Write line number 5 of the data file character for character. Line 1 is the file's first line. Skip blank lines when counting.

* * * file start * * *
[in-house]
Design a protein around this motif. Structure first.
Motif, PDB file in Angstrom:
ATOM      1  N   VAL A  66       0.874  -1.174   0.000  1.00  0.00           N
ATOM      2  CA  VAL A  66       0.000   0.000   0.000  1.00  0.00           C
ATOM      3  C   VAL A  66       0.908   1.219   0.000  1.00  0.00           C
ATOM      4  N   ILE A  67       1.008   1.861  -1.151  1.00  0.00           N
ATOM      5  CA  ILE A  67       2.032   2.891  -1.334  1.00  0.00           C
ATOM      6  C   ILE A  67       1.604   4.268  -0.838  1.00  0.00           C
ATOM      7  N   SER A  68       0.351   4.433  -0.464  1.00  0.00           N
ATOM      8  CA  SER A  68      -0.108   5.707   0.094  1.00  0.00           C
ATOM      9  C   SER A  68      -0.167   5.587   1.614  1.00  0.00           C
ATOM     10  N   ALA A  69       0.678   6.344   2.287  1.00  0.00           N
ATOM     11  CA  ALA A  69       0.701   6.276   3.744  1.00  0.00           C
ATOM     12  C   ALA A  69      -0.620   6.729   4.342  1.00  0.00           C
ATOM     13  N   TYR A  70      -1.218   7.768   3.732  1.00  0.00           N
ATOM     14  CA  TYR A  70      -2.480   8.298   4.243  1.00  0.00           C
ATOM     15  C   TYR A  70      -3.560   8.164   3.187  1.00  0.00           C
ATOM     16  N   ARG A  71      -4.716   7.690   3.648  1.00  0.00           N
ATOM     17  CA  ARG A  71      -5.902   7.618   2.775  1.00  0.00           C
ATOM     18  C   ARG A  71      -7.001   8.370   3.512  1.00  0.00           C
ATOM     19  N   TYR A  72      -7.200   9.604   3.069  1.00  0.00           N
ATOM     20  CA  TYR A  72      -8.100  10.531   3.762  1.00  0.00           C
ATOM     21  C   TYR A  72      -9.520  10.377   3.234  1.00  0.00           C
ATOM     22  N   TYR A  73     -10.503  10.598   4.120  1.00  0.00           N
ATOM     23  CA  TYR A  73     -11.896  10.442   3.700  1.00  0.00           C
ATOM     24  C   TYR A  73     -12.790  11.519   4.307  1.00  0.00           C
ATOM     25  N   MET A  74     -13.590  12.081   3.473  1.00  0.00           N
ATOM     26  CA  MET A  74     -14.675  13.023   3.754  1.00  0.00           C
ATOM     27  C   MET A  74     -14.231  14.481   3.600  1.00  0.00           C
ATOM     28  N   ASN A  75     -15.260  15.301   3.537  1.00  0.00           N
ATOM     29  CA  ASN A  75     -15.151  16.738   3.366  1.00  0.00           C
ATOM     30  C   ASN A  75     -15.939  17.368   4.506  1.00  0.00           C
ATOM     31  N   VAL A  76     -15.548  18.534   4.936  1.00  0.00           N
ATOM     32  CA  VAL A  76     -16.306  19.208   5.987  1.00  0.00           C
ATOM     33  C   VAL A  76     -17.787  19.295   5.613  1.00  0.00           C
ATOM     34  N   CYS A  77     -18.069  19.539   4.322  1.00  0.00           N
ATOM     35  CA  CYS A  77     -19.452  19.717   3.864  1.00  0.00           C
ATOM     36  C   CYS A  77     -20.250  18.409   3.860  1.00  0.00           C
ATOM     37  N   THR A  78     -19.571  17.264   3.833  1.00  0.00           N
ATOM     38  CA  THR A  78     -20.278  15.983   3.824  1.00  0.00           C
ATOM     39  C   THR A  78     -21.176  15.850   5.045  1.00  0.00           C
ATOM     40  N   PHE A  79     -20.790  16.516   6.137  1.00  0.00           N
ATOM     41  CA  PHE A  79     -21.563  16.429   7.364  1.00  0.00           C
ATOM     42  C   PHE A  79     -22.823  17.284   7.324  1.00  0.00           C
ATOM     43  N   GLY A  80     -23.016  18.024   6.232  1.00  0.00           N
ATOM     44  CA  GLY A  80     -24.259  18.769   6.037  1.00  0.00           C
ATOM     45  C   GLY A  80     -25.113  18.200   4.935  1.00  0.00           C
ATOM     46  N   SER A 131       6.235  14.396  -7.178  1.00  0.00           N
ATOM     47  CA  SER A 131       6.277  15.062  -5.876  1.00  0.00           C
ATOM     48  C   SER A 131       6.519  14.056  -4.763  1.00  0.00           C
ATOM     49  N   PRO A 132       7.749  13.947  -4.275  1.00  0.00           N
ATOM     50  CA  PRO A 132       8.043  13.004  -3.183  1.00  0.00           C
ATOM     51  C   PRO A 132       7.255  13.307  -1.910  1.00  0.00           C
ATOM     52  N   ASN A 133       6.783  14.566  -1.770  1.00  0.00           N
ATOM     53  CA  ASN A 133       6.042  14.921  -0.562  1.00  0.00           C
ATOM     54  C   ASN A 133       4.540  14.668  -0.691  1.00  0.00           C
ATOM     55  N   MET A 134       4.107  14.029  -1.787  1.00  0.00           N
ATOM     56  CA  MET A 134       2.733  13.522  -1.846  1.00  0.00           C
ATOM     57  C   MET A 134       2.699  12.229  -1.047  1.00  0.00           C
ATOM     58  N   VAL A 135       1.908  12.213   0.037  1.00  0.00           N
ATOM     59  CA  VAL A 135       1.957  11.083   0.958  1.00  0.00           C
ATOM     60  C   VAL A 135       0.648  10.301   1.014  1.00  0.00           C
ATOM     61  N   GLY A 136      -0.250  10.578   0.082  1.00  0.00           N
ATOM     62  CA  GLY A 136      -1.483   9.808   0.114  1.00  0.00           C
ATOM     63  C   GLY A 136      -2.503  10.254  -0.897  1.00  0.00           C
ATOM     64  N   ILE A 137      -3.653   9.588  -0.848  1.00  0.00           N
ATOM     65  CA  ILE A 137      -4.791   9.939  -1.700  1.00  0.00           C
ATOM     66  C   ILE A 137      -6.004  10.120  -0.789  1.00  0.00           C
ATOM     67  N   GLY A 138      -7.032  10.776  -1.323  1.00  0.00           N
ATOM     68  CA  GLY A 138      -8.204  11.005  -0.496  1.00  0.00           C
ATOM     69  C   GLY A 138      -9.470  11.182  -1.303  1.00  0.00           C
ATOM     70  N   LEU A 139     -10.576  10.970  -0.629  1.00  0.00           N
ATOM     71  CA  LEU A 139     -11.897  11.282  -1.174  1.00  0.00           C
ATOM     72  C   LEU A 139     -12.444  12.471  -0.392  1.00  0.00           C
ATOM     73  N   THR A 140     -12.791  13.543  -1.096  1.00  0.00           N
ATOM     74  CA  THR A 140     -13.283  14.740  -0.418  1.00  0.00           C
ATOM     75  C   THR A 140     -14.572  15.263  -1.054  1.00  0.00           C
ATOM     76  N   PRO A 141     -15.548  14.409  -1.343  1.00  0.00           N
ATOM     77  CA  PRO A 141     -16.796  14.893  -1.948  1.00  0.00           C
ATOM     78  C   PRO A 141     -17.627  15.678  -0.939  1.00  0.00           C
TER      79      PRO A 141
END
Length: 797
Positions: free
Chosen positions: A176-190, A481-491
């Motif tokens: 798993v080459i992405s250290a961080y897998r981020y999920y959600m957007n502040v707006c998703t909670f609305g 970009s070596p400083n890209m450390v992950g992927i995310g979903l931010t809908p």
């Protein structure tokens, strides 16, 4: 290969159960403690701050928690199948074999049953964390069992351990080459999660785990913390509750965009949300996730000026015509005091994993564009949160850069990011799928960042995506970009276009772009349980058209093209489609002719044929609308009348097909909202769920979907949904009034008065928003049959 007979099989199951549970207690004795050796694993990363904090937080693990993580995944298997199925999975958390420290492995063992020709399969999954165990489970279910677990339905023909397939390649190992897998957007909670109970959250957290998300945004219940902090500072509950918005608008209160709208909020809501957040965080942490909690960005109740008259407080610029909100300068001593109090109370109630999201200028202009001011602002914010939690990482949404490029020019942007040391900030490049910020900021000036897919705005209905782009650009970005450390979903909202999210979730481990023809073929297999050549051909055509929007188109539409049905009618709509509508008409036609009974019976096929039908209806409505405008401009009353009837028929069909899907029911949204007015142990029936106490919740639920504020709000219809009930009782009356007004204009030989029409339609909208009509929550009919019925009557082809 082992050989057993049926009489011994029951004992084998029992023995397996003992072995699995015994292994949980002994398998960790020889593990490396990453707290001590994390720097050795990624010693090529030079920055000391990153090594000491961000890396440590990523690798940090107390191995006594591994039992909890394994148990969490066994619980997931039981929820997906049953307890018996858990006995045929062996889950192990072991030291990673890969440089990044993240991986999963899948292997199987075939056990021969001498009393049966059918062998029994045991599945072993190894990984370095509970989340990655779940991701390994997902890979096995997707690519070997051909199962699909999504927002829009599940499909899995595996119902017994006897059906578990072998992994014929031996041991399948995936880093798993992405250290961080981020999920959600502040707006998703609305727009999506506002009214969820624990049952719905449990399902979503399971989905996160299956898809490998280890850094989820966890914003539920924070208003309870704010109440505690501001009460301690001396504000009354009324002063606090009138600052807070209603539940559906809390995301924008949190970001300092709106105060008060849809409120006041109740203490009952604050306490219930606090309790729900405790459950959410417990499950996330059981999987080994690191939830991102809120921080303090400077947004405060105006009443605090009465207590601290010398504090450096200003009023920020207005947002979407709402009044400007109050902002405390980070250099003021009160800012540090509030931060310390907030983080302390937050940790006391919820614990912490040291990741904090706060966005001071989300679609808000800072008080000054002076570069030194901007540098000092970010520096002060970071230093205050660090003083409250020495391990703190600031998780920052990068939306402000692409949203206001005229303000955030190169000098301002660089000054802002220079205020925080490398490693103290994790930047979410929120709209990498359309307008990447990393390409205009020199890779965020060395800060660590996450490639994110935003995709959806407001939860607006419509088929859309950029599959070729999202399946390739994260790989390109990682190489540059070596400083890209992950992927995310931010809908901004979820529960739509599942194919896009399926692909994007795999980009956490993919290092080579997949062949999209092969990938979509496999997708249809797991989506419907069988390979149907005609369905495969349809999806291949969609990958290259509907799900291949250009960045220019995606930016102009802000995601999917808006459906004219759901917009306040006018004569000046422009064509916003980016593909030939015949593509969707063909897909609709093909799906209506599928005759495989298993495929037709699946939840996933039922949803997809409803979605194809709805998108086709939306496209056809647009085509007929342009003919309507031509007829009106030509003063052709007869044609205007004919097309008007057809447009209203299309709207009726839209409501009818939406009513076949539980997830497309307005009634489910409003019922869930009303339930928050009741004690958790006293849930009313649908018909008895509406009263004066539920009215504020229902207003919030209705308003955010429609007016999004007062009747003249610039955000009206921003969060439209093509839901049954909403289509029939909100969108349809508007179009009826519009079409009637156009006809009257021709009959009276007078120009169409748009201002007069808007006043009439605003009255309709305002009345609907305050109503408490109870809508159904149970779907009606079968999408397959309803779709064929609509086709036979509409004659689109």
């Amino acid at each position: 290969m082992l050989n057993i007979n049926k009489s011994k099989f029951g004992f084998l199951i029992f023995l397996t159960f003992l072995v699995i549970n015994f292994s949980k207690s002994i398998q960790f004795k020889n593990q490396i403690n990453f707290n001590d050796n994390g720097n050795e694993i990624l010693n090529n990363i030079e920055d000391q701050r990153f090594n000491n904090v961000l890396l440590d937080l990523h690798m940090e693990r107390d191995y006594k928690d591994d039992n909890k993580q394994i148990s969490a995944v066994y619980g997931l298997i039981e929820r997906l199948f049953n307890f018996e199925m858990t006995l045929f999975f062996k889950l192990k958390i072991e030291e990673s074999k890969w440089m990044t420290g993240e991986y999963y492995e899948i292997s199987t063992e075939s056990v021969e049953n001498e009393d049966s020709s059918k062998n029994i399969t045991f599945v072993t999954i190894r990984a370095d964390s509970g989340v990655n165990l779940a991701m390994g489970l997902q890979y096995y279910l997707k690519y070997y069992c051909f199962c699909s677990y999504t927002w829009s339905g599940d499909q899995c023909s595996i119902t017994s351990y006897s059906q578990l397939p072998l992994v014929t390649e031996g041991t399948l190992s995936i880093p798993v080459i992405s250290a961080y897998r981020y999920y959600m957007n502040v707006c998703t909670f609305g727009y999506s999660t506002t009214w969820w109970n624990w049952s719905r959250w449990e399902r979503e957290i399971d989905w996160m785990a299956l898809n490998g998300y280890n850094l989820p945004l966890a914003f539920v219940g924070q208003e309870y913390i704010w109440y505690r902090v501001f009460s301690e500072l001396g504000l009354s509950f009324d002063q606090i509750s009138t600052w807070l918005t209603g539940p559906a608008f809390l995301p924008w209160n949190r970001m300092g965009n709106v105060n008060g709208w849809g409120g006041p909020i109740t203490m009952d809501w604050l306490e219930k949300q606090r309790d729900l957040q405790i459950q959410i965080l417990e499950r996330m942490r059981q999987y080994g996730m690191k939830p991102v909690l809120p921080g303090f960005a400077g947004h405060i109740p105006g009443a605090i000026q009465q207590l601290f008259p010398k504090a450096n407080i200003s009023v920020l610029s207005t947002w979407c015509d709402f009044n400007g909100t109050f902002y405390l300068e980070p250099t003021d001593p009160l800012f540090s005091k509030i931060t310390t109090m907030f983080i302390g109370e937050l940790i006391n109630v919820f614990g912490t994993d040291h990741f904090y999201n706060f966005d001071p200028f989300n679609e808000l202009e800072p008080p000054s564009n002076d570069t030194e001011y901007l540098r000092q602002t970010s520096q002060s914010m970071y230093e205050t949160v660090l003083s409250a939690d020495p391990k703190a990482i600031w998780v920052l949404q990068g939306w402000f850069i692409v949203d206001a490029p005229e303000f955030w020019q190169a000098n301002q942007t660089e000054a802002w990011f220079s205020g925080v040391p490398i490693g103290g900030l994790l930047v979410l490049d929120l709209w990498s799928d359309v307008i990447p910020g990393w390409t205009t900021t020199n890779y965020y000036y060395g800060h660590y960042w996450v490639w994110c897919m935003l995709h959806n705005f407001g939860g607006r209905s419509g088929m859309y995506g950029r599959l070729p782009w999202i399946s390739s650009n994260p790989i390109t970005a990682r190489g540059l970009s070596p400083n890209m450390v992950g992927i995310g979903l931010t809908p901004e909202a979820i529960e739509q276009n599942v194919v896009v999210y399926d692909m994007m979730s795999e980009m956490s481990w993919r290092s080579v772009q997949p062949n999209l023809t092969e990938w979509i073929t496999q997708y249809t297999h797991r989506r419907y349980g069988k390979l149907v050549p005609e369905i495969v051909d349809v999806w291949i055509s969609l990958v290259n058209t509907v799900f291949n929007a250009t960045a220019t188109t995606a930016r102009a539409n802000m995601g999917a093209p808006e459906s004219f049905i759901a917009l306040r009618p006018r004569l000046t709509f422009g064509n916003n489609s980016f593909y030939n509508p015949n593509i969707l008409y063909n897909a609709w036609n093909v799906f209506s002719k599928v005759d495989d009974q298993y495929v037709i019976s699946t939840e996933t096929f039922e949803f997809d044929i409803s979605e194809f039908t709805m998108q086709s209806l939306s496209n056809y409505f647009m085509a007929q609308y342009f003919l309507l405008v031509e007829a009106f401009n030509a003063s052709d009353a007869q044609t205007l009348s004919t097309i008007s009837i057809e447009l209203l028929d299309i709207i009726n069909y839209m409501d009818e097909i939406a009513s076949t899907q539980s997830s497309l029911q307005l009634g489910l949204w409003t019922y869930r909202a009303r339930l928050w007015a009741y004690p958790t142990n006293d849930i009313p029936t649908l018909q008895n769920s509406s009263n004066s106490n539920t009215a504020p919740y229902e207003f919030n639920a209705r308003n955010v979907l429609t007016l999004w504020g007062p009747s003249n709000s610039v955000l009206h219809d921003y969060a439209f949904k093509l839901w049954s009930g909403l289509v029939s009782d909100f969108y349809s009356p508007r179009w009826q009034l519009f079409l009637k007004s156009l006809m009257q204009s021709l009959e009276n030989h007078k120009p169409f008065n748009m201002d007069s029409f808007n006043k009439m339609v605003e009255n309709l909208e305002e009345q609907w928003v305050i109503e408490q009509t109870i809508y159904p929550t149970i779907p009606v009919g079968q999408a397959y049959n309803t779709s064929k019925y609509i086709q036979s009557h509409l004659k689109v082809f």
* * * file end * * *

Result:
ATOM      2  CA  VAL A  66       0.000   0.000   0.000  1.00  0.00           C